A portion of the Texas Health Harris Methodist Fort Worth emergency-department expansion underscores the importance of giving special attention to geriatric patients.
The hospital broke ground recently on a new three-story, 75,000-square-foot ED, one block south of its current facility. The facility, which will connect to the main hospital through a skybridge, is expected to open December 2013. It will be three times larger than its current ED and have 90 beds—a 50 percent increase.
The ED facility will also include a geriatric care clinic for follow-up care, addresses two pressing needs: the growing number of elderly ED patients and the fact that fewer Texas primary-care physicians are treating new patients.
Nearly 25 percent of ED visitors are elderly, according to the Centers for Disease Control. The growth of those aged 65 and older has outpaced other age groups. By 2030, one out of five Americans will be in that age group, and nearly one out of four Medicare recipients will be age 85 or older.
Nearly six out of 10 Americans age 75 or older visited the ED at least once in 2002, compared with fewer than one out of four for all age groups. Elderly patients arrive with more medically complex conditions that require longer care and more diagnostic tests, generating more expensive ED bills. Their ED use has risen even as use by other age groups has decreased.
Dr. Mark Rosenberg is chief of geriatric emergency medicine at St. Joseph’s Medical Center in Paterson, N.J., and is chairman of the American College of Emergency Medicine’s geriatric section. He predicts that at least 25 percent of U.S. hospitals will have geriatric ED facilities in the near future.
Satisfying patients and ensuring they do not return to the ED has always been good hospital business practice. Under health reform, not doing these things could seriously erode a hospital’s margin.
Beginning in October, Medicare payments will be tied to scores on patient satisfaction surveys and how often patients are readmitted to the hospital. Low-performing hospitals will be penalized for excessive ED readmissions and hospital-acquired infections. Conversely, hospitals can earn bonus payments based on how well they follow 12 clinical care measures and how patients rate their care experiences.
Just as baby boomers are becoming elderly, fewer doctors are treating them. According to a recent Texas Medical Association survey, 58 percent of the state’s physicians will take new Medicare patients, compared with 78 percent in 2000.
Lillie Biggins, president of Texas Health Harris Methodist Fort Worth, said the clinic would fill that primary-care gap. “Some of our (geriatric) patients can’t see a doctor because they don’t take Medicare patients, or they can’t get an appointment for a month,” she said. “This is a way for us for to focus on what happens next (after the ED visit).”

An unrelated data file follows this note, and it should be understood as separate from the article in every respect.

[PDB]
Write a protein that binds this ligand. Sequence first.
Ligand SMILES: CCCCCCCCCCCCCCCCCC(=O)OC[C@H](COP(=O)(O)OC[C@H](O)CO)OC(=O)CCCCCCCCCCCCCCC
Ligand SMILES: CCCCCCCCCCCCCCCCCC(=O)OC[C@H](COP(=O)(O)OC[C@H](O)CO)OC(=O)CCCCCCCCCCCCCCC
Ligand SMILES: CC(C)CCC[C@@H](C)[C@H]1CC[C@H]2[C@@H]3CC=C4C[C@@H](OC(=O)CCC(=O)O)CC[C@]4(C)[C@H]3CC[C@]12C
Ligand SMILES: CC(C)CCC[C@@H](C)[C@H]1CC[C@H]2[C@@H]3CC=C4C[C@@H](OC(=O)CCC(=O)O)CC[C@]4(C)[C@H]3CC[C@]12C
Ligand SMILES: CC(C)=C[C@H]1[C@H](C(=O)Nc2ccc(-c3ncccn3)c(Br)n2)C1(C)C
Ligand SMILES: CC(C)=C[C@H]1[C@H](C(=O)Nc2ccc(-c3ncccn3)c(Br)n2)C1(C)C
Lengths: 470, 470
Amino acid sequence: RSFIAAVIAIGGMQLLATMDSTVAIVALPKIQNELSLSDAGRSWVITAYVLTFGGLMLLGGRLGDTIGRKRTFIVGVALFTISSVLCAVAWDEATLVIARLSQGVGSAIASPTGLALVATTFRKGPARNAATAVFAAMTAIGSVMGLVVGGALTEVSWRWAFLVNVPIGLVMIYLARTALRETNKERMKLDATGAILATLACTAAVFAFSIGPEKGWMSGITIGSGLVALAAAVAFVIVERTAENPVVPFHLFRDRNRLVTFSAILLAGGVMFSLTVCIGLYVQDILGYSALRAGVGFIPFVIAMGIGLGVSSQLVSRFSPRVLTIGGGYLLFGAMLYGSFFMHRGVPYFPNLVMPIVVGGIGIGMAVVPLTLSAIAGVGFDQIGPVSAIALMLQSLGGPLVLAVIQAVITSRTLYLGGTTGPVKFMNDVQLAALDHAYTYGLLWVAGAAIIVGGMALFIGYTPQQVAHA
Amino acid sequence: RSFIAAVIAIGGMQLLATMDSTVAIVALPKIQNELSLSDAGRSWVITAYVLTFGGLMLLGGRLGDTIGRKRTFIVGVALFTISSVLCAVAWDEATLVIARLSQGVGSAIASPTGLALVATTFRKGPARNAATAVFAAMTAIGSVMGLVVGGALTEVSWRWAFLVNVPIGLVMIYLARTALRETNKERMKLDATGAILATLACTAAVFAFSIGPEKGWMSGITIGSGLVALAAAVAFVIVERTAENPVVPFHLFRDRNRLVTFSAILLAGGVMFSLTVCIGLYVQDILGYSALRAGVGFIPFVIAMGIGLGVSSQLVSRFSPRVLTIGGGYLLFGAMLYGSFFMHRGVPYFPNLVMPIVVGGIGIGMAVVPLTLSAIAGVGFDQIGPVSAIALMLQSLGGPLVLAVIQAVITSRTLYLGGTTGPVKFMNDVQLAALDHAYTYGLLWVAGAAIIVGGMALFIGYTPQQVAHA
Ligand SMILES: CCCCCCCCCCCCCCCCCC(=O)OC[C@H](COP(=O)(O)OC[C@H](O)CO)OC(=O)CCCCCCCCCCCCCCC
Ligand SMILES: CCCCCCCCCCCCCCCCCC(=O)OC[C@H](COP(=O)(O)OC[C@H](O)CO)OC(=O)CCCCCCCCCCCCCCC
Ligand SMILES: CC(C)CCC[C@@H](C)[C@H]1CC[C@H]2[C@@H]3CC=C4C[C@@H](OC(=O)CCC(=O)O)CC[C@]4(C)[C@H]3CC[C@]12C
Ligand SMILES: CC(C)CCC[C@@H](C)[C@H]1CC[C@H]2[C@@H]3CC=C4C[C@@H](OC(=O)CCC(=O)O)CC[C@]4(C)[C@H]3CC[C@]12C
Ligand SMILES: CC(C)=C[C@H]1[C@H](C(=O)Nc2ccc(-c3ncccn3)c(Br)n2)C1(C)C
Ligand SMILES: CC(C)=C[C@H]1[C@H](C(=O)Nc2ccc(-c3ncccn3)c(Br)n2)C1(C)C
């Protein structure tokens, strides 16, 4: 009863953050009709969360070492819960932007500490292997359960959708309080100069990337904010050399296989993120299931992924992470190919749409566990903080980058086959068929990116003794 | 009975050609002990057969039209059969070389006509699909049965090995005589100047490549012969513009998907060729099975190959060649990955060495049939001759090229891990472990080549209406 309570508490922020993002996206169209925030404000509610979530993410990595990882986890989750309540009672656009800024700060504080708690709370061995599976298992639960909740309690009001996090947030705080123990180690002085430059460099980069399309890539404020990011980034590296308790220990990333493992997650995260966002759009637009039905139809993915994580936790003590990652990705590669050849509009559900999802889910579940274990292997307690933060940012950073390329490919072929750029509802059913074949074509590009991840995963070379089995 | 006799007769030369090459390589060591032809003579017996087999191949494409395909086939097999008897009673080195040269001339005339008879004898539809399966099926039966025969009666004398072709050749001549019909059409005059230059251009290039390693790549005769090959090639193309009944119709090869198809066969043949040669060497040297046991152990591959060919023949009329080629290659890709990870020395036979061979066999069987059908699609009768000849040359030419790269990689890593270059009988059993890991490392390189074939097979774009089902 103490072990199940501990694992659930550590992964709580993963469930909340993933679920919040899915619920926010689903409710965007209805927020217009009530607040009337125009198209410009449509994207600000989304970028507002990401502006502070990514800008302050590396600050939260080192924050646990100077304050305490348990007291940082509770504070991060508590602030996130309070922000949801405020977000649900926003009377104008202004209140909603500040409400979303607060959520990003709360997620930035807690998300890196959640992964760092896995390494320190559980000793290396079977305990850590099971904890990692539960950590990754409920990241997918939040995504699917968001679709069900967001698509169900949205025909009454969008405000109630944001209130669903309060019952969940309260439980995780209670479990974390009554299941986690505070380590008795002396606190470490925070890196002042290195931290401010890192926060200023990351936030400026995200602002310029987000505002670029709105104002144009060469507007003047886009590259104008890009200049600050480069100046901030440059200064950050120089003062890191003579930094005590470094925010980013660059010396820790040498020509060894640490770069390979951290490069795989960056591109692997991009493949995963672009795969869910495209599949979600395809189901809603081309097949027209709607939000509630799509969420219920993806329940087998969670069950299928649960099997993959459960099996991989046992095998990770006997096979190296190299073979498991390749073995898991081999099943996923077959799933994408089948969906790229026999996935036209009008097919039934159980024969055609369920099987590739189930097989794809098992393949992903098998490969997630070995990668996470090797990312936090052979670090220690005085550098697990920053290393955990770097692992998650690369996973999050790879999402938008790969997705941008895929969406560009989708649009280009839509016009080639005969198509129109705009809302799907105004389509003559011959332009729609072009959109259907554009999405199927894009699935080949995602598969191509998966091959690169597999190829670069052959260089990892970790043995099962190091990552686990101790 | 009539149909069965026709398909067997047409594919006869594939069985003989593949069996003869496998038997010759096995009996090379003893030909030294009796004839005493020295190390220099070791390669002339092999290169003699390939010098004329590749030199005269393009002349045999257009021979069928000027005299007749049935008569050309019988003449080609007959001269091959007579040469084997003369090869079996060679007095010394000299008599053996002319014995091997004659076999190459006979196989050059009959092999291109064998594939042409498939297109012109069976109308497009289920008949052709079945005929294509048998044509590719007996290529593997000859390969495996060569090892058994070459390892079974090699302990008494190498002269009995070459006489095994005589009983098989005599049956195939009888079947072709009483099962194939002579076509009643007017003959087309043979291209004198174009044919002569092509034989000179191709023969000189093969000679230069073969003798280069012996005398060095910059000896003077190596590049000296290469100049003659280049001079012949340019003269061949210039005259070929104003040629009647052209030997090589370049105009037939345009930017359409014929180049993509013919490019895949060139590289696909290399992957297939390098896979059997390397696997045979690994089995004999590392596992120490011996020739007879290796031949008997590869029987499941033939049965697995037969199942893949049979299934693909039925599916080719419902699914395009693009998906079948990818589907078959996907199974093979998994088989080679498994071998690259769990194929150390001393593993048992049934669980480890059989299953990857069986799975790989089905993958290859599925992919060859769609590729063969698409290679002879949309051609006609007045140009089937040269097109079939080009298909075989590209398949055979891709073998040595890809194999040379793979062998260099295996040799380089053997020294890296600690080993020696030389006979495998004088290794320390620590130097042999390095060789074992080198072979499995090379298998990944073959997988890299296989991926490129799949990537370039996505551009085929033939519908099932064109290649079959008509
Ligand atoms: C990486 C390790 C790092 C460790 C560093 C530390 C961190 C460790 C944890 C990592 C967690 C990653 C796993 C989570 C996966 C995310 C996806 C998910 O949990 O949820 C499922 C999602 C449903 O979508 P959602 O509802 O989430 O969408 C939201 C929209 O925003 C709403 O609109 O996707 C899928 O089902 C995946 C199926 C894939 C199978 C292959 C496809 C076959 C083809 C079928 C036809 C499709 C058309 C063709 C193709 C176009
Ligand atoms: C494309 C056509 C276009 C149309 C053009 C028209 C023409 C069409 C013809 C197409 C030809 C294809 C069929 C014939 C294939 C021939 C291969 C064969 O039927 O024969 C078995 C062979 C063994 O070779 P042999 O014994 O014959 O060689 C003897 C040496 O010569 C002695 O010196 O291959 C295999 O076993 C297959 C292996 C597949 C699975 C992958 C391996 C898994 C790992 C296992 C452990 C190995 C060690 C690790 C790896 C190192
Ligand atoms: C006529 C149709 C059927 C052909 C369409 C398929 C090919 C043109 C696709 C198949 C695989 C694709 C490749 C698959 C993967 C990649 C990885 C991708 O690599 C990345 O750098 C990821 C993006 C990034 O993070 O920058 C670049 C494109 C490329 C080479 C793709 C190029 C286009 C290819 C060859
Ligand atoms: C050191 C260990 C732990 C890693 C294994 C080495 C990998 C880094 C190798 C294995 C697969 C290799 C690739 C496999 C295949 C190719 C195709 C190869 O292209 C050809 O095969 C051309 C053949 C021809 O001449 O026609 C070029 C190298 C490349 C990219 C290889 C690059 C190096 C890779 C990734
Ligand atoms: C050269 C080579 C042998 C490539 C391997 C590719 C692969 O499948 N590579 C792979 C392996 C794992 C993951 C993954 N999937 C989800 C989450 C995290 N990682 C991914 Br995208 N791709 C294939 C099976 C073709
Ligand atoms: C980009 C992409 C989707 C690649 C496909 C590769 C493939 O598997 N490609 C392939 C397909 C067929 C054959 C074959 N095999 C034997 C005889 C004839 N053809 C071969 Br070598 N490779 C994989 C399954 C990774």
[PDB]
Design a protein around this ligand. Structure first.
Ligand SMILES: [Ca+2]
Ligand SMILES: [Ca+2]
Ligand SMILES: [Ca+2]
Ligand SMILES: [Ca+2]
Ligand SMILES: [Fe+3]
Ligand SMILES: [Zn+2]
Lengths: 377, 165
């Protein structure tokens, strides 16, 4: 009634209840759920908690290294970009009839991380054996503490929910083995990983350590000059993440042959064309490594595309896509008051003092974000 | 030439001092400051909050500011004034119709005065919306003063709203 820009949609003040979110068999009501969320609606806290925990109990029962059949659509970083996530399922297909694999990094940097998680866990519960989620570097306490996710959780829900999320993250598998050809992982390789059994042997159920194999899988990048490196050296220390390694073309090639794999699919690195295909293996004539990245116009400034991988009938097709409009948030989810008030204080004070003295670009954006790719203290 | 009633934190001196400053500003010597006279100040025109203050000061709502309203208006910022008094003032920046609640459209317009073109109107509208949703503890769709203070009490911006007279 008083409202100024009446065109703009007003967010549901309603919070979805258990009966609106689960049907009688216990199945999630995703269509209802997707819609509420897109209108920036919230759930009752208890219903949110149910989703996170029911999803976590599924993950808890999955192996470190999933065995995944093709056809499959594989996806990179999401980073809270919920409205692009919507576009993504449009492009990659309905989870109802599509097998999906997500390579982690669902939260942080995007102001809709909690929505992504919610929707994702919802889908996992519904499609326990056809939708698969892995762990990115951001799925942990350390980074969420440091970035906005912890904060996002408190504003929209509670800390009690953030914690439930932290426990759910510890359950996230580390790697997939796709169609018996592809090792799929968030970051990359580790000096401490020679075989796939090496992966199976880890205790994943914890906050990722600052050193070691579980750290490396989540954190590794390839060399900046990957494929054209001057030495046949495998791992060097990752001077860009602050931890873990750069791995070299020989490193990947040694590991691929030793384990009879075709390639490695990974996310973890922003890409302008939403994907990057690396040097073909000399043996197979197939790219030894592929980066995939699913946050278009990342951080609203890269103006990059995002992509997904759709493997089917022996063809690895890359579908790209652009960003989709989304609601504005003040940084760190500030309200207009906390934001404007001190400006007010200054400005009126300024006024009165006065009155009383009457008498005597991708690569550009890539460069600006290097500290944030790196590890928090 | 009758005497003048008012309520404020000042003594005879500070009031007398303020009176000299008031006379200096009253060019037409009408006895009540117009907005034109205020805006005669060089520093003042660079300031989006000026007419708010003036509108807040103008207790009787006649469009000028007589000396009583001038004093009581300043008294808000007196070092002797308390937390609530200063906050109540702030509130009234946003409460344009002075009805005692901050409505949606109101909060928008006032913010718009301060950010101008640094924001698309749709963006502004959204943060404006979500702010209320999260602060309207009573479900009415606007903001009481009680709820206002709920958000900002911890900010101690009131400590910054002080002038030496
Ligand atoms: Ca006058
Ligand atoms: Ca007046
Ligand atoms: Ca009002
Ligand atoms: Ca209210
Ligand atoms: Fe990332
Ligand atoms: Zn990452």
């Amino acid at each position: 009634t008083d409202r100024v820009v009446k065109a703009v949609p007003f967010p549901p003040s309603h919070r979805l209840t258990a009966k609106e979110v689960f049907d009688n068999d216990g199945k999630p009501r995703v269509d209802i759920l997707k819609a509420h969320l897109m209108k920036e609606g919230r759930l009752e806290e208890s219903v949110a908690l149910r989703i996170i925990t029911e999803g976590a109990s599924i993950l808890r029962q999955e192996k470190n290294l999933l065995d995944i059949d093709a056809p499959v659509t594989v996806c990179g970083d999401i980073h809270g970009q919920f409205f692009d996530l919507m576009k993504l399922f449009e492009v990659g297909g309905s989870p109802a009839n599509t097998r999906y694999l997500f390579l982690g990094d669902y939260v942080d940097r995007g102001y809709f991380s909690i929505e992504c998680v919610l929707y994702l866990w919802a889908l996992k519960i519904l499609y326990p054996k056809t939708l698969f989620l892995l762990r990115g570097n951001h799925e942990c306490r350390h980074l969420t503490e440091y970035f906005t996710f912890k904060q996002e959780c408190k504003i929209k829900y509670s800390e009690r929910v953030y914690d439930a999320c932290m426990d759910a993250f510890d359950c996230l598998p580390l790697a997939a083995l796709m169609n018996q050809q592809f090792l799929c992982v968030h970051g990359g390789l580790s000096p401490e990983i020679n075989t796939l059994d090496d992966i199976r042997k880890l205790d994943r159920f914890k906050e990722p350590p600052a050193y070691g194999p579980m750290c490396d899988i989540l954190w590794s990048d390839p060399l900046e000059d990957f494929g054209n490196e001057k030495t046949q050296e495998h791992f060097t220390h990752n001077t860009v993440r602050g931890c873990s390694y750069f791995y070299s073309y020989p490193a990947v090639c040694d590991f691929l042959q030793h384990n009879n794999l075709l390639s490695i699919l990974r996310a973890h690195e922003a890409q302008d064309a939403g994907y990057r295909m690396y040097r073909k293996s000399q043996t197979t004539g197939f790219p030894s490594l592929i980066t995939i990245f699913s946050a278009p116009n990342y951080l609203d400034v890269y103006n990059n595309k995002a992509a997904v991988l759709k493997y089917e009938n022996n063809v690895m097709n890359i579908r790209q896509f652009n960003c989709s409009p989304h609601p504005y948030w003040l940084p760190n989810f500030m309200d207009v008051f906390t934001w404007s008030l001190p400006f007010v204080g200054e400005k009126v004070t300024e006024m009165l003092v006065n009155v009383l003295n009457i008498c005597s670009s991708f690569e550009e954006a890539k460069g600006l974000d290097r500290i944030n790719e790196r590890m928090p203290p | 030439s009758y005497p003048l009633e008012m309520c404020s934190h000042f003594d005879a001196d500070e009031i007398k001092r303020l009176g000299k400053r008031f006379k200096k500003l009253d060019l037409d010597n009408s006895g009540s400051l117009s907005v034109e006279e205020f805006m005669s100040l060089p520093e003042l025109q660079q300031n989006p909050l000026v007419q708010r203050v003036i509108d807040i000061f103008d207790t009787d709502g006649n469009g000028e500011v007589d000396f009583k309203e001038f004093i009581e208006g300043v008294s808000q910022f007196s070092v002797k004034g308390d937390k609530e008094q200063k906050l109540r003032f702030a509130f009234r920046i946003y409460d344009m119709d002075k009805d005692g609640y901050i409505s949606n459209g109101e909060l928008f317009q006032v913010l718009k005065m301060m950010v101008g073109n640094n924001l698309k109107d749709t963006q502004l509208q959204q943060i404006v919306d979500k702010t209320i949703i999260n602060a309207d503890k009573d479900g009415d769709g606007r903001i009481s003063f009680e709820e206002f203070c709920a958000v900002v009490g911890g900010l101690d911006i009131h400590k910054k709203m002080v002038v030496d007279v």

What are the elderly doing now without the clinic?
“They’re using the ED for primary care. And that’s risky, very risky,” Biggins said.
The clinic will be staffed by a geriatrician and two nurse practitioners who specialize in caring for the elderly, she said. It will be equipped to do lab work and X-rays, and will include a classroom to teach patients and their caregivers how to manage chronic conditions and practice good health habits.
The clinic expects to treat about three dozen patients a day.
Biggins said the hospital also is focusing on post-acute care to minimize readmissions. She said the hospital has met with more than 50 organizations to determine whether they can meet their care standards.
In July, Texas Health Resources announced it was forming a joint venture with Methodist Health System and LHC Group of Lafayette, La., to deliver home health care to patients.
The new ED includes some treatment rooms that are more geriatric friendly, such as offering thicker mattresses and better lighting. Biggins said about 25-30 percent of the hospital’s ED patients—and about 40 percent of all patients—are elderly.
“Sometimes the elderly kind of get pushed to the side,” she said. “Our clinic will be wheelchair-accessible. The decor will have warm tones. We want to make it nice for the family. We want them to feel invited.”
Steve Jacob is editor of D Healthcare Daily and author of the new book Health Care in 2020: Where Uncertain Reform, Bad Habits, Too Few Doctors and Skyrocketing Costs Are Taking Us. He can be reached at firstname.lastname@example.org.